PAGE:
If there’s one truth to Magic: the Gathering, it’s that no matter what the format, drawing cards is good. Taking a look at any of the main decks in Standard right now, we can see cards like Search for Azcanta, Curious Obsession, Hydroid Krasis, and Radical Idea all seeing widespread play; in Modern, Faithless Looting has been at the forefront of the discussion around balancing issues recently. Over at the Commander table, it’s no different – a lot of decks have the ability to draw a large amount of cards, with some decks pinning their win condition on doing so, such as Nekusar, the Mindrazer. Just like in other formats though, cheap, efficient, and accessible card draw is still restricted by the limitations of the Colour Pie we all know and love.
Not all decks are Blue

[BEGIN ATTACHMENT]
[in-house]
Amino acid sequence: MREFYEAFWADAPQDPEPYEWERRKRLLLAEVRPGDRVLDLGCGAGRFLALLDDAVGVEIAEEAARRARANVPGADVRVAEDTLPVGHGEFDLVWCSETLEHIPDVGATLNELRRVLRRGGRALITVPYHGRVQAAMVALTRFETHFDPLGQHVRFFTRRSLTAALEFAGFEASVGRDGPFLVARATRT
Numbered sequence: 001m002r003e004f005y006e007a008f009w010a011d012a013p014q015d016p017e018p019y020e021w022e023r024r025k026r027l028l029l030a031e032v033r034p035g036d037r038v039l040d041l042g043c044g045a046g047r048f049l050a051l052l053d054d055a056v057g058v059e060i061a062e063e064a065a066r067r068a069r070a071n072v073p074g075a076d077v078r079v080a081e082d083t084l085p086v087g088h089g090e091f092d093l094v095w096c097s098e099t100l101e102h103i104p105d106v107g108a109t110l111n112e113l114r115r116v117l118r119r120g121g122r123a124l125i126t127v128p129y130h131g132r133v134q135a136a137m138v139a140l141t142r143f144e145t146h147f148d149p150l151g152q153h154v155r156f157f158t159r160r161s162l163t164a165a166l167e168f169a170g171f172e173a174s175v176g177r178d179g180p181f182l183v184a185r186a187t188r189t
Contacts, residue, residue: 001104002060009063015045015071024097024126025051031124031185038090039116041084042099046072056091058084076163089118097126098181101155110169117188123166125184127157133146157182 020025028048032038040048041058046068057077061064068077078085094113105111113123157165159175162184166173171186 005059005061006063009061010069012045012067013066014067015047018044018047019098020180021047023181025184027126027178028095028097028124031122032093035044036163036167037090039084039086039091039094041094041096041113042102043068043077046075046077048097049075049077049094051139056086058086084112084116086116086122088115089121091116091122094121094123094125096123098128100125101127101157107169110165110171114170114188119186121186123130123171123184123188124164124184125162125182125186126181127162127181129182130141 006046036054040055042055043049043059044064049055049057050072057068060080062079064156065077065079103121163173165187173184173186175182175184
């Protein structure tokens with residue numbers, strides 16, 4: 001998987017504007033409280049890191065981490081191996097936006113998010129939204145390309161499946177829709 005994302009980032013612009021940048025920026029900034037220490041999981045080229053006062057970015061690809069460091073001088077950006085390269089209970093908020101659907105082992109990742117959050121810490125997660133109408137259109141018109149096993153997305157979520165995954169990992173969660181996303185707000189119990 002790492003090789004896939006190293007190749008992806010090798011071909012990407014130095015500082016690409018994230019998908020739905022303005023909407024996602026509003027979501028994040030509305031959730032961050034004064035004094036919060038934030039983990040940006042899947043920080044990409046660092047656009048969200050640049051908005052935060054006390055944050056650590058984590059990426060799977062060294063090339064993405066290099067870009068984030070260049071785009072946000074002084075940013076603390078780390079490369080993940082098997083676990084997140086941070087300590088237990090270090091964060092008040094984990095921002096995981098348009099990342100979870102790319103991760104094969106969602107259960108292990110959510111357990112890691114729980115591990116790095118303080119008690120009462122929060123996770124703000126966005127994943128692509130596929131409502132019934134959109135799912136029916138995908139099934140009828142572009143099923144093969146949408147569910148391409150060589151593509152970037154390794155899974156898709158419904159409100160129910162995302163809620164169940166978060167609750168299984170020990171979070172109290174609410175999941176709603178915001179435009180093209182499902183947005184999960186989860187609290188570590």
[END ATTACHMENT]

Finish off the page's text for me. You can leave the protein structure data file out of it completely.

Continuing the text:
Being a Boros player through and through, I have a lot of experience with eeking out as much card draw as possible from cards that aren’t blue, black or green. Whilst it’s possible to get some nice 2-card combos going, like Lyra Dawnbringer and Well of Lost Dreams, it’s usually A) mana intensive, B) easy to disrupt, and C) hard to assemble, even when using Lyra as your Commander. Other good ways to draw cards in White and Red are similarly awkward or expensive – wheels can to be hit or miss, creatures rarely draw you cards, and enchantments like Armistice and Dawn of Hope can be slow, especially without the ability to go into a full Aristocrats-style engine with access to Black mana. So, what’s a cheap and easy way to improve your draws in a multiplayer game?